The Hollywood Walk of Fame
Of any tourist attraction in Los Angeles, the Hollywood Walk of Fame probably attracts more tourists than any other attraction in our city. Not surprisingly, tourism is the largest industry in Los Angeles County and the Hollywood Walk of Fame has played a major role in creating that.
According to a 2003 report by the market research firm NPO Plog Research, the Walk of Fame attracts about 10 million visitors annually. That’s more than Sunset Strip, Grauman’s Chinese Theatre (which is also located on the western end of the Walk), the Queen Mary, and the Los Angeles County Museum of Art.
More than 2600 five pointed brass stars are embedded in terrazzo blocks lining 15 blocks of Hollywood Blvd, and three blocks of Vine Street in Hollywood California. The walk runs from Gower Street on the East to LaBrea Street on the West. It is administered by the Hollywood Chamber of Commerce and maintained by the self financing Hollywood Historic Trust.
Below the inscription, in the lower half of the star field, a round inlaid brass emblem indicates the category of the honoree’s contributions. The emblems symbolize five categories within the entertainment industry: a film camera represents motion pictures, an old television represents broadcast TV, old style phonograph record players represent music, and old style microphones represent radio. The comedy/tragedy mask represents theatre and live performances. This category was added in 1984. The largest percentage of stars, 47%, are in the motion picture category.
Some special stars exist in categories outside these such as one for former LA mayor Tom Bradley, one representing Victoria’s Secret, and one for the Apollo 11 mission to the moon. Four identical circular moons each bearing the names of Neil Armstrong, Edwin Aldrin, and Michael Collins are placed on each corner of the intersection of Hollywood and Vine.
The concept for the Walk of Fame was thought up by E.M. Stuart, the president of the Hollywood Chamber of Commerce in 1953. By 1955 the basic concept and design had been agreed on and plans were submitted to the city.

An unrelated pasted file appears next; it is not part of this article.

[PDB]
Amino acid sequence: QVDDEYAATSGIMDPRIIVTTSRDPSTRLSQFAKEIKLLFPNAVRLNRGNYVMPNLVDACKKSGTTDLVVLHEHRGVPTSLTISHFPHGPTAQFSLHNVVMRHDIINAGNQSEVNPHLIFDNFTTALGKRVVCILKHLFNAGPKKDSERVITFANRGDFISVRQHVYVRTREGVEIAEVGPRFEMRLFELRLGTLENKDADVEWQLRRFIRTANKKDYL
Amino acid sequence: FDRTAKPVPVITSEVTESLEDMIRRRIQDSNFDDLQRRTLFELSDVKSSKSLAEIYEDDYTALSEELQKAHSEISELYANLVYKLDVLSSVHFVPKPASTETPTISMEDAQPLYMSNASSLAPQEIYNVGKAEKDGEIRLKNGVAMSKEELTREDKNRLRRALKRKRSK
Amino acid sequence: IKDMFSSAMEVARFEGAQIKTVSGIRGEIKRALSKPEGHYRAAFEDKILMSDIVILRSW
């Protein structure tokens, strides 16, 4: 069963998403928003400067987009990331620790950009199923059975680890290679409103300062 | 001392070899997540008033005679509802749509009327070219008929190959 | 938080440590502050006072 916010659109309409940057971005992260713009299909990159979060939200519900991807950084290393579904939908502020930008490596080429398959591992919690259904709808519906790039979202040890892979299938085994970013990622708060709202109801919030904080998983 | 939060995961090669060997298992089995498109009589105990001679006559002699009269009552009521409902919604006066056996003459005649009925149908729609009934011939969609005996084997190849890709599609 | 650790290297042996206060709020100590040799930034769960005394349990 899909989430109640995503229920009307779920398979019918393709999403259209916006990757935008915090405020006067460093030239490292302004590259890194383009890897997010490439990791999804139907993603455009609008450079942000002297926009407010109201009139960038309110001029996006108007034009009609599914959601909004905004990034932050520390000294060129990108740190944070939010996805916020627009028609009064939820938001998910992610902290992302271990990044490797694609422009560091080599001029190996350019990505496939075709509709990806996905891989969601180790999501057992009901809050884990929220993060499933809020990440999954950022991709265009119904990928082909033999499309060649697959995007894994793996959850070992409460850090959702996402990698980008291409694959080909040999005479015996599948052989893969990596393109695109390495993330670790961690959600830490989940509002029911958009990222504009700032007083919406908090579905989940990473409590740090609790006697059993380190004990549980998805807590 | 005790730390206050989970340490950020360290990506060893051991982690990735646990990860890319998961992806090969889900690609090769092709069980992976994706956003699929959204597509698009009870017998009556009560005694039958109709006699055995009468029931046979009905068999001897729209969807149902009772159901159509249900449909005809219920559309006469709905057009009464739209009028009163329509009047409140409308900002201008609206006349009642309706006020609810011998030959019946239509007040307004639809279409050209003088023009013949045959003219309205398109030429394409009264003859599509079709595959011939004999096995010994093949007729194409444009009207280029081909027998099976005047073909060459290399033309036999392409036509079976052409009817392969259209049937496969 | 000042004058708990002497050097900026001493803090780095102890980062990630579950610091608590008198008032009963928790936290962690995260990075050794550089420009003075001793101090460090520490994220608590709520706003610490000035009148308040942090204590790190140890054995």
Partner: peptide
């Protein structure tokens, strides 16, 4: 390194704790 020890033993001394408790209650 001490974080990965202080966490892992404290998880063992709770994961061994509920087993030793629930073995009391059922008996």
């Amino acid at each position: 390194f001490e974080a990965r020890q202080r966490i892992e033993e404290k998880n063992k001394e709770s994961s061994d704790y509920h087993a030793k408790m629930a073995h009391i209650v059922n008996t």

By 1957, 1,558 honorees were selected by committees representing the four major branches of the entertainment industry at that time: motion pictures, television, audio recording, and radio. The committees met at the Brown Derby restaurant, and included such prominent names as Cecil B. DeMille, Samuel Goldwyn, Jesse L. Lasky, Walt Disney, Hal Roach, Mack Sennett, and Walter Lantz.
Construction of the Walk began in 1958. Joanne Woodward’s star was one of eight prototype stars installed temporarily on the northwest corner of Hollywood Blvd and Highland Ave in August 1958 to generate publicity. The other seven names were Olive Borden, Ronald Colman, Louise Fazenda, Preston Foster, Burt Lancaster, Edward Sedgwick, and Ernest Torrence.
Official groundbreaking took place on February 8, 1960. The first permanent star, that of director Stanley Kramer was placed on the east end of the new Walk, near Hollywood and Gower.
In July 1978 the City of Los Angeles designated the Hollywood Walk of Fame a Los Angeles Historic-Cultural Monument. In 1980 a fee of $2,500, payable by the person or entity nominating the recipient, to fund the Walk of Fame’s upkeep and minimize further taxpayer burden was implemented. Today that fee has increased to $40,000.
Corporate sponsors also help fund the Hollywood Walk of Fame through the Friends of Walk of Fame program. Absolut Vodka became the first Friend with a donation of $1 million, followed by L’Oréal.
All living honorees have been required since 1968 to personally attend their star’s unveiling, and approximately 40 have declined the honor due to this condition
Star locations are not random. The stars considered the most legendary are located in front of Grauman’s Chinese Theatre. Oscar winners’ stars are usually placed near the Dolby Theatre, site of the annual Academy Awards presentations. Other, rather interesting reasons play in as well. For example Roger Moore’s star is located at 7007 Hollywood Boulevard in recognition of his seven James Bond 007 films.
While some recipients may request specific locations, the decision rests with the Chamber. Jay Leno, for example, requested a spot near the corner of Hollywood Blvd. and Highland Ave. because he was twice picked up at that location by police for vagrancy shortly after his arrival in Hollywood.
It should also be noted that the stars on the Hollywood Walk of Fame are not the only attraction. Every inch of Hollywood Boulevard from Gower to LaBrea is packed with hot Hollywood Tourist Attractions. In my personal opinion, the central point of the Walk of Fame would be at the world’s most famous intersection: Hollywood and Vine. This is the only point where the stars continue off of the Blvd and up the crossing street: Vine. But the area near the intersection of Hollywood and Highland is so much more densely packed with attractions and tourists that it is referred to as the Times Square of the West Coast.
If you are visiting Los Angeles, don’t leave without stopping by to see the Walk of Fame. You won’t forgive yourself if you do!